The Fluid Mechanics of Plankton in the Coastal Ocean

Massachusetts Institute of Technology

Roman Stocker


Thin layers of phytoplankton that form in the top 50 meters of the ocean are analogous to watering holes in a savanna - localized areas of concentrated resources that draw a wide range of organisms and thus play a disproportionate role in the ecological landscape. These layers of single-celled, photosynthetic organisms can be a few centimeters to several meters thick; span tens of kilometers horizontally; and last hours to weeks. When a toxic species of phytoplankton forms a thin layer, that layer can generate a harmful algal bloom - an explosion in the population of toxic phytoplankton that sickens or kills the larger animals that ingest the cells. Because these tiny creatures form the base of the marine food web and cumulatively produce half the world's oxygen, the thin layers have enormous ecological ramifications and can affect human activities, like fisheries and the tourism industry, in coastal zones worldwide. But until now, scientists knew little about the mechanisms responsible for their formation.


Roman Stocker of MIT's Department of Civil and Environmental Engineering studies environmental fluid mechanics at the microscale. His 'Environmental Microfluidics Group' focuses on the interplay of motile microorganisms and fluid flow by creating microhabitats and using video-microscopy to record the behavior and the fluid mechanics of plankton. In recent work, Stocker's team explored the connection between the movements of motile phytoplankton and formation of thin layers using experiments and mathematical modeling.


Stocker's group demonstrated that thin layers can form when the vertical migration of phytoplankton is disrupted by hydrodynamic shear generated by tidal currents, wind stress or internal waves. In their quest for sunlight, many phytoplankton exhibit a natural tendency to swim upwards towards the ocean's surface. However, Stocker's new findings show that this vertical motility can be thwarted in regions where the shear exceeds a critical value. Shear, in this case strong variations in horizontal water velocity, causes the cells to tumble end over end, trapping them at depth. As phytoplankton attempt to transverse a zone of enhanced shear on their daily commute to the morning light, they could be snared by the flow, confining the billions of cells to a region only a few tens of centimeters in depth. Using video-microscopy, Stocker's team tracked the movements of individual cells as they become trapped in the high-shear layer. They also used individual-based and continuum mathematical models to describe the movements of the swimming cells and proved that they cannot escape the layers until the shear decreases.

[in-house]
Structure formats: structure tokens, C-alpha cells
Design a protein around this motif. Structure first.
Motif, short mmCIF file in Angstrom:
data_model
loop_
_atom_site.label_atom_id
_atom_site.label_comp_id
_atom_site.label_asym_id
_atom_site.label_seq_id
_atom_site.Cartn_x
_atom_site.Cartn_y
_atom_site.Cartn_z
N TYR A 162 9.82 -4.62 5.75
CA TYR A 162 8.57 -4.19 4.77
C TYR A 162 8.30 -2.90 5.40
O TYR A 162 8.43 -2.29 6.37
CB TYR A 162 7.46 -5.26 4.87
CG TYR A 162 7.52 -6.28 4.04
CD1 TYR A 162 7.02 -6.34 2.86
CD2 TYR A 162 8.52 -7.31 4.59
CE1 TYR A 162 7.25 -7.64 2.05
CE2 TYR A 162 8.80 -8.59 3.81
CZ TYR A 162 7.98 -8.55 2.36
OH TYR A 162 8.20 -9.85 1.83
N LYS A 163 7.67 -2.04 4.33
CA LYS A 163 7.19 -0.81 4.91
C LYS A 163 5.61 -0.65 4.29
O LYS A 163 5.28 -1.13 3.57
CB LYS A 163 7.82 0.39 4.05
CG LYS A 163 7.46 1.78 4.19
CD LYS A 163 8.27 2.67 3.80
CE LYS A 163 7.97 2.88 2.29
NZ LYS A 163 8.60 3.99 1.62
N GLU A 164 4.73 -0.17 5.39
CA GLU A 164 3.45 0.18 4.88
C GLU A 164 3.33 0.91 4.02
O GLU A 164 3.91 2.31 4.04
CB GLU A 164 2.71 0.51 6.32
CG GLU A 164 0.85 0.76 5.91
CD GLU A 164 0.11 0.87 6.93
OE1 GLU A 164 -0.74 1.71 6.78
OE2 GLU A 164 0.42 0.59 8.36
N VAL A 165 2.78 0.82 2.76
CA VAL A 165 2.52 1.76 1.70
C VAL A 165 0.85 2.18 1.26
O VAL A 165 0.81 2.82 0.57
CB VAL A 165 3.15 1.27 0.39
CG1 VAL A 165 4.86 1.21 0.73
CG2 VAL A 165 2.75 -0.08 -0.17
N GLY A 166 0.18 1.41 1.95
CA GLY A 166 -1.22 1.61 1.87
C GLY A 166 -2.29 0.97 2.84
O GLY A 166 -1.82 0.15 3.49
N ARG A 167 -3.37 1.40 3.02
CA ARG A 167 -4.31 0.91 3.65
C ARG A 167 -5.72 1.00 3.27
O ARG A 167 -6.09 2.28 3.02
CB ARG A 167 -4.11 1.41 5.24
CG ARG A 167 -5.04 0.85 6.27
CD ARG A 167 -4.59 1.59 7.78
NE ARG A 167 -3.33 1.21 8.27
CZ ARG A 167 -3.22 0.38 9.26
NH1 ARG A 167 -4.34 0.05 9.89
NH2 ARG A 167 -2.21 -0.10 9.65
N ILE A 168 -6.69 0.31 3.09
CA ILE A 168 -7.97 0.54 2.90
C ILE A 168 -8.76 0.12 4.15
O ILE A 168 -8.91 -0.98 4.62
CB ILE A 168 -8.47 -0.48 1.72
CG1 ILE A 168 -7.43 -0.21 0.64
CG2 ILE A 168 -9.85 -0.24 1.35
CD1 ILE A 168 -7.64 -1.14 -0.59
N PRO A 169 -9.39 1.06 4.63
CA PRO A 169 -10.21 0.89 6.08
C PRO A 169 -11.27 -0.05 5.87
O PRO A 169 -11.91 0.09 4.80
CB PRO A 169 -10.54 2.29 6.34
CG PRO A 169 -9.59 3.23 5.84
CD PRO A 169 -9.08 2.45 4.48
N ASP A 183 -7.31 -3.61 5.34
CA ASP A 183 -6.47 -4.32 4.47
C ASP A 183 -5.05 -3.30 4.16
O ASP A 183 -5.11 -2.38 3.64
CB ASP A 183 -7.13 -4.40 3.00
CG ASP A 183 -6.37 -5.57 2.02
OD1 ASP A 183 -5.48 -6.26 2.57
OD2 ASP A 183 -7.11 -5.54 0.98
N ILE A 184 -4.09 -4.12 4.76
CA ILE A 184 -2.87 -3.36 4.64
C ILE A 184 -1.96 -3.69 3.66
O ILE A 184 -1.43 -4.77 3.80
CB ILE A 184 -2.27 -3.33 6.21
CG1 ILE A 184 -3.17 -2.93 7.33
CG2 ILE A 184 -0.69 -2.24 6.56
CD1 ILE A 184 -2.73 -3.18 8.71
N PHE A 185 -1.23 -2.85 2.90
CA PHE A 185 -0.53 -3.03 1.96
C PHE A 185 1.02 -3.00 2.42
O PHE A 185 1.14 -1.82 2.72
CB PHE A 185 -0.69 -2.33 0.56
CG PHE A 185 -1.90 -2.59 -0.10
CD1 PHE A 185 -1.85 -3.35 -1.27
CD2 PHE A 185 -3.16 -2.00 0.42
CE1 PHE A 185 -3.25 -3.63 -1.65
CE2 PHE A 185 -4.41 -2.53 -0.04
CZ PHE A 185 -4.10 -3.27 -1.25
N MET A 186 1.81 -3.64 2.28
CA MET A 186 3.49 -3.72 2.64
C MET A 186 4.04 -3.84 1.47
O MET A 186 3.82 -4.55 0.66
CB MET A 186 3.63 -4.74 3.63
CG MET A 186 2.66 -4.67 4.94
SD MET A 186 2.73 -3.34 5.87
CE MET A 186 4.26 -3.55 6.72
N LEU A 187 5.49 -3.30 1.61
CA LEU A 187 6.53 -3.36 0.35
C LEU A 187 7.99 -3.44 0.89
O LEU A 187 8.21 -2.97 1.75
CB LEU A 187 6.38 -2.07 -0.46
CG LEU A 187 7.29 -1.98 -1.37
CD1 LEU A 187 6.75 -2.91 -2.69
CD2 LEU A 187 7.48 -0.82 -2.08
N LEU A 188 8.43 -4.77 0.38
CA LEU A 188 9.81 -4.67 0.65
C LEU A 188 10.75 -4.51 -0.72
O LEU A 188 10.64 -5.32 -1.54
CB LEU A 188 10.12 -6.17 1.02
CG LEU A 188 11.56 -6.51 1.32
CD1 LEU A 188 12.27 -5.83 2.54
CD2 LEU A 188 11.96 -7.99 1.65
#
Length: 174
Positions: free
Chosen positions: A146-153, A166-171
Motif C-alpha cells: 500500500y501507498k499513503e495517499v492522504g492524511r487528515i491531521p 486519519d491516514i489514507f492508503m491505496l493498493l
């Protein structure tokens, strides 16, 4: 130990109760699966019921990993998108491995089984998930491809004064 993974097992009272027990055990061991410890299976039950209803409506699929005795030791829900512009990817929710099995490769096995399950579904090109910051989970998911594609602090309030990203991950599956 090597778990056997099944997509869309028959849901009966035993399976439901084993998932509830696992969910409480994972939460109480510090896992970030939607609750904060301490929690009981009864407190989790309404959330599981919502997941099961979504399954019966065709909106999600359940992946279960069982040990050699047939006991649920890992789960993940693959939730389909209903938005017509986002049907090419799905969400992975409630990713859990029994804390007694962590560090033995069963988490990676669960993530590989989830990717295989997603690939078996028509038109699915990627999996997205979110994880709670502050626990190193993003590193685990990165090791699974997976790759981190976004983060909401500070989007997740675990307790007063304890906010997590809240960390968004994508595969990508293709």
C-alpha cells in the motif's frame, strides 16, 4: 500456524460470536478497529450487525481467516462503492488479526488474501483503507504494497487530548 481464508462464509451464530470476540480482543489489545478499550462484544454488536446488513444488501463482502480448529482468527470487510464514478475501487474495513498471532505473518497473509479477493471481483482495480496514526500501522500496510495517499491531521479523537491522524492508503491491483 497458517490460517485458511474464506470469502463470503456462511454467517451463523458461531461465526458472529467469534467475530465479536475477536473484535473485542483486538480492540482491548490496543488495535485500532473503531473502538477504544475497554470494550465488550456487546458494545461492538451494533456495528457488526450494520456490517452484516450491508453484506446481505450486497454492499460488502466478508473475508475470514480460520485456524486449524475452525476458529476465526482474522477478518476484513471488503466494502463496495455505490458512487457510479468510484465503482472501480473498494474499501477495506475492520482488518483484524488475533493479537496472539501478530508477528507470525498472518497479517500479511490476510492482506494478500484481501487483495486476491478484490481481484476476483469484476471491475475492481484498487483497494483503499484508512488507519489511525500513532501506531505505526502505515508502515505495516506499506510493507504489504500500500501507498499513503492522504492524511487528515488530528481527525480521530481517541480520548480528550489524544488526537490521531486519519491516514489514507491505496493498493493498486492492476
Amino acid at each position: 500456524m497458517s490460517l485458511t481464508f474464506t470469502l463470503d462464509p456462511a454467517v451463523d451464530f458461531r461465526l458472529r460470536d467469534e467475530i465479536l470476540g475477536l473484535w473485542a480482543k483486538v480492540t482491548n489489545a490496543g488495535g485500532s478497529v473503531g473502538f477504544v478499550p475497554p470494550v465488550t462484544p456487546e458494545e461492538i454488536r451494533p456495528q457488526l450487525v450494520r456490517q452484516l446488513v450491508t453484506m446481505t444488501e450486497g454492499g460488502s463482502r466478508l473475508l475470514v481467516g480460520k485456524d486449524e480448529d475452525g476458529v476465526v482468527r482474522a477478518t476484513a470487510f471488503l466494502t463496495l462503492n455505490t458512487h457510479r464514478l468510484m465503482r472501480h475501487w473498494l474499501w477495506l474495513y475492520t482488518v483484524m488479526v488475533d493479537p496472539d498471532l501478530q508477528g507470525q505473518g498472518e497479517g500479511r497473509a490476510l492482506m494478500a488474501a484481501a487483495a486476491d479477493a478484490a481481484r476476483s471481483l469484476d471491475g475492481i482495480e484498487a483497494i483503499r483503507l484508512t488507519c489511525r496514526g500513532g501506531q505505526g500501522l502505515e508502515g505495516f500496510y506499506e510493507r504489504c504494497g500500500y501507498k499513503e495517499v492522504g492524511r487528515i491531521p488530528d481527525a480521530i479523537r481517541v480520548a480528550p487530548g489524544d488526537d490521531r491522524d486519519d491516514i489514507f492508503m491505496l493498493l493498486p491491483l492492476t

Blooms of harmful algae are a major source of social and economic concern, particularly near coastal areas, as they create billions of dollars in annual losses to fishing and recreational industries worldwide and they are occurring more frequently. The explanation by Stocker's team of how these common, startlingly dense layers of photosynthetic phytoplankton form, moves the scientific community a step closer to being able to predict harmful algal blooms. The work also opens a new direction in environmental fluid mechanics, by demonstrating that the coupling of fluid flow and biological processes can lead to new insights into environmental problems.

Core competencies

  • Biological fluid mechanics
  • Microfluidics
  • Microbial ecology
  • Low Reynolds number flows
  • Oceanography

Current research team members

  • Roman Stocker (PI)
  • Michael Barry (Ph.D. Candidate)
  • Kwangmin Son (Ph.D. Candidate)
  • Hongchul Jang (Ph.D. Candidate)
  • Roberto Rusconi (Postdoc)
  • Jeffrey Guasto (Postdoc)
  • Steven Smriga (Postdoc)
  • Melissa Garren (Postdoc)
  • Yutaka Yawata (Postdoc)
  • Gabriel Juarez (Postdoc)
  • Filippo Menolascina (Postdoc)
  • Vicente Fernandez (Postdoc)

Recent graduates and postdocs

  • William Durham (Lecturer, U. Oxford)
  • Justin Seymour (Lecturer, U.T. Sydney)
  • John Taylor (Lecturer, U. Cambridge)

Current research collaborations

  • Viola Vogel (ETH)
  • Mimi Koehl (UC Berkeley)
  • Eduardo Sontag (Rutgers U.)
  • Ray Goldstein (U. Cambridge)
  • Eric Climent (IMFT, Toulouse, France)
  • Richard Zimmer (UCLA)